Goodreads helps you keep track of books you want to read.
Start by marking “Individualism and Economic Order” as Want to Read:
Individualism and Economic Order
Enlarge cover
Rate this book
Clear rating
Open Preview

Individualism and Economic Order

4.2 of 5 stars 4.20  ·  rating details  ·  419 ratings  ·  8 reviews
In this collection of writings, Nobel laureate Friedrich A. Hayek discusses topics from moral philosophy and the methods of the social sciences to economic theory as different aspects of the same central issue: free markets versus socialist planned economies. First published in the 1930s and 40s, these essays continue to illuminate the problems faced by developing and form ...more
Paperback, 280 pages
Published June 1st 1996 by University Of Chicago Press (first published 1948)
more details... edit details

Friend Reviews

To see what your friends thought of this book, please sign up.

Reader Q&A

To ask other readers questions about Individualism and Economic Order, please sign up.

Be the first to ask a question about Individualism and Economic Order

Economics in One Lesson by Henry HazlittHuman Action by Ludwig von MisesThe Law by Frédéric BastiatMeltdown by Thomas E. Woods Jr.Man, Economy, and State by Murray N. Rothbard
The Austrian School of Economics
11th out of 82 books — 86 voters
For a New Liberty by Murray N. RothbardThe Fatal Conceit by Friedrich HayekThe Machinery of Freedom by David D. FriedmanThe Problem of Political Authority by Michael HuemerThe Myth of the Rational Voter by Bryan Caplan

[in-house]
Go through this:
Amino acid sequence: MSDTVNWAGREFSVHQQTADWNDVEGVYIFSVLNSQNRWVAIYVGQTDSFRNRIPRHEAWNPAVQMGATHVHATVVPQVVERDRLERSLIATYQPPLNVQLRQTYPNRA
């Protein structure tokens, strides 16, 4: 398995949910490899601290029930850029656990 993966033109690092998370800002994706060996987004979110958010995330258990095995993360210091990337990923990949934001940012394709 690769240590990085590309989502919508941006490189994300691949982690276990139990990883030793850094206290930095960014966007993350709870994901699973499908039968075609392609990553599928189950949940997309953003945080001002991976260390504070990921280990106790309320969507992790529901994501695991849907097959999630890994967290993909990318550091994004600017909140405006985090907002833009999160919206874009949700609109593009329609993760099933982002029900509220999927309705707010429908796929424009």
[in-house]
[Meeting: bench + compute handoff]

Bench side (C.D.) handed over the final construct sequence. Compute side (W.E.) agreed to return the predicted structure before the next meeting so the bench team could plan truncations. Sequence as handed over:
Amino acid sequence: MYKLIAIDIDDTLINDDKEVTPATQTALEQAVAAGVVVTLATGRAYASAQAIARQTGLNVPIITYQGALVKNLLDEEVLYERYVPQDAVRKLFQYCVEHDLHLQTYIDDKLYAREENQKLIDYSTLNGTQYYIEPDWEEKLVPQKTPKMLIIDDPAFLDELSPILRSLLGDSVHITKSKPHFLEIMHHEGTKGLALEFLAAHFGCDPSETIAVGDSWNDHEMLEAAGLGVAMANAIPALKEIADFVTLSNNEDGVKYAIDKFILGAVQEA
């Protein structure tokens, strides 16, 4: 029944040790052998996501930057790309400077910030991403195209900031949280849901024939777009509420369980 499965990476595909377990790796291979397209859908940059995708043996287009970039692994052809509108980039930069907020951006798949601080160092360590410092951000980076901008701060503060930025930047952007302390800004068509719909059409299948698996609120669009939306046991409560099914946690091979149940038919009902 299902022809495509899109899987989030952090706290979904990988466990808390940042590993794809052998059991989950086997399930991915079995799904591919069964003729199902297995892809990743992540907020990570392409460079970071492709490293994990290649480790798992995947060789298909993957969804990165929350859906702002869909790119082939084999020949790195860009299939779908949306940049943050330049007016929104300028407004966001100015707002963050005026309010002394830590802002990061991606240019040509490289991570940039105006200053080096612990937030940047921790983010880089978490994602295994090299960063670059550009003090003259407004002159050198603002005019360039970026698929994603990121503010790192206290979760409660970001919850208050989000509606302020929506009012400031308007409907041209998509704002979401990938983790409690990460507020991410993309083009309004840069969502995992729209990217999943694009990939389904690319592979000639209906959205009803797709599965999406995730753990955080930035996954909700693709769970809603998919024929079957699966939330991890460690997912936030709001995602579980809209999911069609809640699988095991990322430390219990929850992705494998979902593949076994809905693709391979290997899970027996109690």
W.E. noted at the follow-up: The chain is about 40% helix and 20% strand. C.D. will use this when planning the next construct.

10th out of 66 books — 9 voters

More lists with this book...

Community Reviews

(showing 1-30 of 1,550)
filter  |  sort: default (?)  |  rating details
Howard Olsen
This is a series of essays the Hayek wrote in the 1930's and 40's before he became famous for writing "The Road to Serfdom." They are much more technical (and in a couple cases impenetrable) than that great work. The reason to read this is to see him develop his ideas in the context of the planning vs competition debates that roiled economics and politics during the years of the world depression. Some of the essays are a little arcane, including one in which he suggests a currency backed by comm ...more
This is a collection of essays, ranging from fairly topical (in the 30's) and technical to philisophical. It is the latter kind which are of more interest to the layman (like myself) and fortunately these make up the majority in this volume.

One of the most fascinating essays is the first, entitled "Individualism: True and False" in which Hayek clarifies what it means, dispelling many of the myths that are usually associated with it. It is not about greed and selfishness, nor is it about a reject
Cortney R
It can be easy to get lost in Hayek with his five page long sentences that change subject 16 times, but really this is a great collection of Hayek's writings. Especially "The Use of Knowledge in Society," the clearest and best structured argument for free markets.
While the writing style is turgid and verbose, the intellectual content is superb. The key essays are "The Use of Knowledge in Society" and "Economics and Knowledge". It's worth buying the book for those two essays alone.
Ed Wagemann
Apr 17, 2012 Ed Wagemann marked it as to-read